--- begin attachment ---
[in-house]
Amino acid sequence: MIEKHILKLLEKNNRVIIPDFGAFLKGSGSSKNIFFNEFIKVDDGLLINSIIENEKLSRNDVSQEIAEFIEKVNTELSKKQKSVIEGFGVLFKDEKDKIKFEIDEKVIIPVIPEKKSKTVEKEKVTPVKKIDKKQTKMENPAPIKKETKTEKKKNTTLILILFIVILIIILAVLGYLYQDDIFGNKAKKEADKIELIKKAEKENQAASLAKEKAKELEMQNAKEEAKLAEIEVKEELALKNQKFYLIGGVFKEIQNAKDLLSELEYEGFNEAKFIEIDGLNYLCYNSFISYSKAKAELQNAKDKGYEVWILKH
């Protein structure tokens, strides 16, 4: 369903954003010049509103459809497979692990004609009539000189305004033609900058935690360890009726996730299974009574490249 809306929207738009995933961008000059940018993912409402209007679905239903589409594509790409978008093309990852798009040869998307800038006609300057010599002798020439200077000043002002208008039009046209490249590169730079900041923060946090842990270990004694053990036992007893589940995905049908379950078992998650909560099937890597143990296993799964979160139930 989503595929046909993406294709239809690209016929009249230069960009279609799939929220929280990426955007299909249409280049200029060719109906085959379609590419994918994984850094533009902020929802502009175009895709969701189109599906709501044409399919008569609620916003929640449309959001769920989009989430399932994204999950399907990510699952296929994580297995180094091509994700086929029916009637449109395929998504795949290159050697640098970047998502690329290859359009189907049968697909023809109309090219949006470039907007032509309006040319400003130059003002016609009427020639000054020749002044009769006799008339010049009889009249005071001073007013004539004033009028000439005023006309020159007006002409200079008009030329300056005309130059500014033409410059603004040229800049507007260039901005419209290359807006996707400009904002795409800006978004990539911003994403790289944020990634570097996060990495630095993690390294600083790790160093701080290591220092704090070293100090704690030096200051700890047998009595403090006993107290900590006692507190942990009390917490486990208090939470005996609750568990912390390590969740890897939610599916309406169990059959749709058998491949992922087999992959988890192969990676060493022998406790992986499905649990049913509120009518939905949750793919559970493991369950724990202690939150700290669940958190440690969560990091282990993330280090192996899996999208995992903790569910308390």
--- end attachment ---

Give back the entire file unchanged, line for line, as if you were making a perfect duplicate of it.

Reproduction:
[in-house]
Amino acid sequence: MIEKHILKLLEKNNRVIIPDFGAFLKGSGSSKNIFFNEFIKVDDGLLINSIIENEKLSRNDVSQEIAEFIEKVNTELSKKQKSVIEGFGVLFKDEKDKIKFEIDEKVIIPVIPEKKSKTVEKEKVTPVKKIDKKQTKMENPAPIKKETKTEKKKNTTLILILFIVILIIILAVLGYLYQDDIFGNKAKKEADKIELIKKAEKENQAASLAKEKAKELEMQNAKEEAKLAEIEVKEELALKNQKFYLIGGVFKEIQNAKDLLSELEYEGFNEAKFIEIDGLNYLCYNSFISYSKAKAELQNAKDKGYEVWILKH
């Protein structure tokens, strides 16, 4: 369903954003010049509103459809497979692990004609009539000189305004033609900058935690360890009726996730299974009574490249 809306929207738009995933961008000059940018993912409402209007679905239903589409594509790409978008093309990852798009040869998307800038006609300057010599002798020439200077000043002002208008039009046209490249590169730079900041923060946090842990270990004694053990036992007893589940995905049908379950078992998650909560099937890597143990296993799964979160139930 989503595929046909993406294709239809690209016929009249230069960009279609799939929220929280990426955007299909249409280049200029060719109906085959379609590419994918994984850094533009902020929802502009175009895709969701189109599906709501044409399919008569609620916003929640449309959001769920989009989430399932994204999950399907990510699952296929994580297995180094091509994700086929029916009637449109395929998504795949290159050697640098970047998502690329290859359009189907049968697909023809109309090219949006470039907007032509309006040319400003130059003002016609009427020639000054020749002044009769006799008339010049009889009249005071001073007013004539004033009028000439005023006309020159007006002409200079008009030329300056005309130059500014033409410059603004040229800049507007260039901005419209290359807006996707400009904002795409800006978004990539911003994403790289944020990634570097996060990495630095993690390294600083790790160093701080290591220092704090070293100090704690030096200051700890047998009595403090006993107290900590006692507190942990009390917490486990208090939470005996609750568990912390390590969740890897939610599916309406169990059959749709058998491949992922087999992959988890192969990676060493022998406790992986499905649990049913509120009518939905949750793919559970493991369950724990202690939150700290669940958190440690969560990091282990993330280090192996899996999208995992903790569910308390």